Additive Effect of Dorzolamide on Aqueous Humor Flow in Patients Receiving Long-term Treatment With Timolol

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Abstract

Objective

To determine the additive effect on aqueous humor flow of short-term dorzolamide treatment in patients with glaucoma receiving long-term treatment with timolol.

Subjects and Methods

Thirty-nine patients with glaucoma, 19 at Mayo Clinic, Rochester, Minn, and 20 at the University of Uppsala, Uppsala, Sweden, who had been receiving timolol treatment in both eyes for at least 1 year were studied. Aqueous flow was measured with fluorophotometry and intraocular pressure with tonometry. The effect of dorzolamide was compared with placebo when added to the long-term treatment regimen with timolol.

Results

Dorzolamide reduced aqueous humor flow by 24% +/- 11% (mean +/- SD). The intraocular pressure as compared with placebo in the US cohort was reduced by 10% +/- 6% and in the Swedish cohort by 18% +/- 9%.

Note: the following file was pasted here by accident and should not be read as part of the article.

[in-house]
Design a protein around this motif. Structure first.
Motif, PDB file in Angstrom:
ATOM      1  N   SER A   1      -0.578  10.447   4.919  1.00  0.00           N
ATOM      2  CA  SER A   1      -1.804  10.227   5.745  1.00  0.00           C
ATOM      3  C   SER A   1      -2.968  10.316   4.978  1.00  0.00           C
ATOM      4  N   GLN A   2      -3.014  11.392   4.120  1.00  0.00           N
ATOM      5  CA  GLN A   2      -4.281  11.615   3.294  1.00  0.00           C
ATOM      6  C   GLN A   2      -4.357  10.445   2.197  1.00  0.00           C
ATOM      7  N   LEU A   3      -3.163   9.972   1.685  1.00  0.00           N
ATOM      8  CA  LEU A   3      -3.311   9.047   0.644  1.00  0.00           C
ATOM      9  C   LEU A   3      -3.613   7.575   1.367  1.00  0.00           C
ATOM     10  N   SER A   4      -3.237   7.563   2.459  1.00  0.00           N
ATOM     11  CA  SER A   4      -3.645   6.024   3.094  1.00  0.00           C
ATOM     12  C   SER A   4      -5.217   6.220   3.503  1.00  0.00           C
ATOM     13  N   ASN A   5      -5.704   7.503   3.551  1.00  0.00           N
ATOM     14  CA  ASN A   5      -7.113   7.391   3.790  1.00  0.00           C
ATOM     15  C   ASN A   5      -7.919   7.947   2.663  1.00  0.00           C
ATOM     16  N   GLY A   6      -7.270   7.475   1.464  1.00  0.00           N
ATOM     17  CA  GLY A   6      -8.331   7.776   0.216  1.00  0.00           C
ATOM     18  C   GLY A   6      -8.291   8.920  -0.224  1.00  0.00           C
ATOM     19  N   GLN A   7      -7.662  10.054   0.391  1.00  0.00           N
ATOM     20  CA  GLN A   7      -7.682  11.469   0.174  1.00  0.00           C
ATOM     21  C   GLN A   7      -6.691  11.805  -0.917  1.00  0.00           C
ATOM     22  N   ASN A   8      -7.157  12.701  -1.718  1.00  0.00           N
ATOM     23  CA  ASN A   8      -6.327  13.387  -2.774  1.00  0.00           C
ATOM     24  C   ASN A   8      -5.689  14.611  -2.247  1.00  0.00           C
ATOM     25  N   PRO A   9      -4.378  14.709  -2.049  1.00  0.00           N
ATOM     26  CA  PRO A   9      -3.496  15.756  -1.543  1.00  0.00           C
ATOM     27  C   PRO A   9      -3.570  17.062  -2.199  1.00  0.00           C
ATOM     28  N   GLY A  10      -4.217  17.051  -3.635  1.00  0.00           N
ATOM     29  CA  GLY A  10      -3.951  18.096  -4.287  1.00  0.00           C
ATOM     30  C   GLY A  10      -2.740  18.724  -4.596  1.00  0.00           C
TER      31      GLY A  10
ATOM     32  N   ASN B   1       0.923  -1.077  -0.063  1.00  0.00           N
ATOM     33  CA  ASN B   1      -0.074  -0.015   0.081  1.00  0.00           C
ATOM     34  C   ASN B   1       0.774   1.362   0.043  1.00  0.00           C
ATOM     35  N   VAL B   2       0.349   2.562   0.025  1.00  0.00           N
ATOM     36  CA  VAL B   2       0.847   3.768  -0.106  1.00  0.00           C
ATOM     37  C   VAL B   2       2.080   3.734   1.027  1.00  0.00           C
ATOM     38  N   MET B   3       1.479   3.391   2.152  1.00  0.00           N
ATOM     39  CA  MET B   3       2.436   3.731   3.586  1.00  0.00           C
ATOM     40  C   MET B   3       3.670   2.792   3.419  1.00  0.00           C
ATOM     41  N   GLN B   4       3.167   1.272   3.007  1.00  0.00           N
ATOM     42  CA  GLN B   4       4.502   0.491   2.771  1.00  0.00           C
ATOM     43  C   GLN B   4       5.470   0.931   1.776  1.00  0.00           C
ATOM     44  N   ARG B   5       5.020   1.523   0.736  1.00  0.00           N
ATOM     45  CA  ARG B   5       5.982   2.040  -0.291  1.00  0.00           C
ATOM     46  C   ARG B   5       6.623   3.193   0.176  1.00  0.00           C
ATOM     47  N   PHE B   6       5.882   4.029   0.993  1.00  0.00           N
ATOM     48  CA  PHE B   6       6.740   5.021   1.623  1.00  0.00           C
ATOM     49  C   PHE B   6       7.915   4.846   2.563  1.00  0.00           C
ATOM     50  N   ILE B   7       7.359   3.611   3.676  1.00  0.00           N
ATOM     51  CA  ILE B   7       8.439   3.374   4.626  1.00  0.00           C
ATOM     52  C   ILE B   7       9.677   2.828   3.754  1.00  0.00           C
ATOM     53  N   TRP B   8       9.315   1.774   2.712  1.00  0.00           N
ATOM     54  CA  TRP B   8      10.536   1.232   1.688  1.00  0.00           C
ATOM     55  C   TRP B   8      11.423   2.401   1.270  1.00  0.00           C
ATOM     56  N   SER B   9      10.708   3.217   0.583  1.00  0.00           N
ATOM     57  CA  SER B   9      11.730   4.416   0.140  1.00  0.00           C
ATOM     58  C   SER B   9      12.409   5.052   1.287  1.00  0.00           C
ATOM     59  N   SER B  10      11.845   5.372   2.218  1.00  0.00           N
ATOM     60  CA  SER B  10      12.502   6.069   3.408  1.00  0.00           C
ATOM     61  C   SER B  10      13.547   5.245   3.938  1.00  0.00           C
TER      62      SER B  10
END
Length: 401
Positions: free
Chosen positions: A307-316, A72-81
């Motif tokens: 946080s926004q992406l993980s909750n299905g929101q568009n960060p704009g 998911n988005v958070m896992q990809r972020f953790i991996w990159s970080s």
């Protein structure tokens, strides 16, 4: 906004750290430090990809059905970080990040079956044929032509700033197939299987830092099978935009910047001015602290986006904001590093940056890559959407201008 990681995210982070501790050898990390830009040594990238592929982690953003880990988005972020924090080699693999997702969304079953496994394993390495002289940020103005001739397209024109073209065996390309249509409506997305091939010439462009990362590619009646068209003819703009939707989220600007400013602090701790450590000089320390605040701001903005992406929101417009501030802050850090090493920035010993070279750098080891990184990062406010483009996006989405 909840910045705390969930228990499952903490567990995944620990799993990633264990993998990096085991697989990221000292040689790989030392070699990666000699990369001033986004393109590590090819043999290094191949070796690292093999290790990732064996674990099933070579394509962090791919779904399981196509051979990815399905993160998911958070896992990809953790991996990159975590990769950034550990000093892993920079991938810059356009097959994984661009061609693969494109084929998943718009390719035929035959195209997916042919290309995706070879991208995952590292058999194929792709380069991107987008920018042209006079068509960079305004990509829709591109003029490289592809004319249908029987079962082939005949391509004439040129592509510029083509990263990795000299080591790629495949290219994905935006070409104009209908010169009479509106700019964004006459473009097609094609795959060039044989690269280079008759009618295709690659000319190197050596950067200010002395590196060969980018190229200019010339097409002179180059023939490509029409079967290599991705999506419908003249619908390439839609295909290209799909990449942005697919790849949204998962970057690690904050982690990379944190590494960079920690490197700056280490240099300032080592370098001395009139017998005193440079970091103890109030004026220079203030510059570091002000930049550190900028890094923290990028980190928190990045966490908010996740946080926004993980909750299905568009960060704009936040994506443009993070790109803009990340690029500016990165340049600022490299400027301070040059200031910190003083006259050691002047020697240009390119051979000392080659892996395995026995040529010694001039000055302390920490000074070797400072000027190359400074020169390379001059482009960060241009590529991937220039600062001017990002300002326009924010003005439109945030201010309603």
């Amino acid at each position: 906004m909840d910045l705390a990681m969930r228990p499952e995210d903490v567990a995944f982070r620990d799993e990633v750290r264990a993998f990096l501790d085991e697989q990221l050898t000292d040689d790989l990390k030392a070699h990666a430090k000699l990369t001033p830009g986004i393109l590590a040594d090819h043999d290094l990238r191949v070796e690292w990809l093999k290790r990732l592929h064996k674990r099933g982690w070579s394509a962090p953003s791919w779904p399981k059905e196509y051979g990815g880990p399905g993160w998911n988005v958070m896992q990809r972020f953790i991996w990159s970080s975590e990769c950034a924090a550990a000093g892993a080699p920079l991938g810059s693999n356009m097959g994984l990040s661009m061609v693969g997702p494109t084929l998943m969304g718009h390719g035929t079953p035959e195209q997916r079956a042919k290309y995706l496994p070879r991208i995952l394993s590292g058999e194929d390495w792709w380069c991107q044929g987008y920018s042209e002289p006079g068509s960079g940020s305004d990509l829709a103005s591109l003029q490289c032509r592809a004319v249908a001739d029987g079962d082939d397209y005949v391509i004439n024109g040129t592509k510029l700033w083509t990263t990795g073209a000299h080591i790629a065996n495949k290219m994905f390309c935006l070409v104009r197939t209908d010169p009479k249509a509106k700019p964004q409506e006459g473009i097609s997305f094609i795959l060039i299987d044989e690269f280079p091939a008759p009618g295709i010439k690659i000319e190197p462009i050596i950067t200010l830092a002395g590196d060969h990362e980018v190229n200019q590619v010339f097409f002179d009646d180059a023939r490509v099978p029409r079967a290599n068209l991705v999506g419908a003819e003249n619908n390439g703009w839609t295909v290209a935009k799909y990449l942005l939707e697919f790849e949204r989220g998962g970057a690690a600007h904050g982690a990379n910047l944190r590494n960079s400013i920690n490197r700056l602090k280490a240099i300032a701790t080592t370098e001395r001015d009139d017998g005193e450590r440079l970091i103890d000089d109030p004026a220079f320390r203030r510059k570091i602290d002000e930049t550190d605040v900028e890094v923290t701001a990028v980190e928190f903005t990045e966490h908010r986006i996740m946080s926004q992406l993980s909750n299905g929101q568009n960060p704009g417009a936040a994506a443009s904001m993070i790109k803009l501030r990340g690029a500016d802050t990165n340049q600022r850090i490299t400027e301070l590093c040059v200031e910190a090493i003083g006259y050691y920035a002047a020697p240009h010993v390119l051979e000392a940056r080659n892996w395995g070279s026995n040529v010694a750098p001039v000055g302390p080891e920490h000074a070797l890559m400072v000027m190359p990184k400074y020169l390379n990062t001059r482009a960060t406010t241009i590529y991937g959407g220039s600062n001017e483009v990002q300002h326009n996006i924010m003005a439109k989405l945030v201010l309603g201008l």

Conclusions

Dorzolamide, a carbonic anhydrase inhibitor, has additive effects as an ocular hypotensive agent with timolol, a beta-adrenergic antagonist, even though both drugs are suppressors of aqueous humor flow. Dorzolamide's effect on flow in these patients is the same as reported previously in normal subjects who are not taking a beta-adrenergic antagonist.

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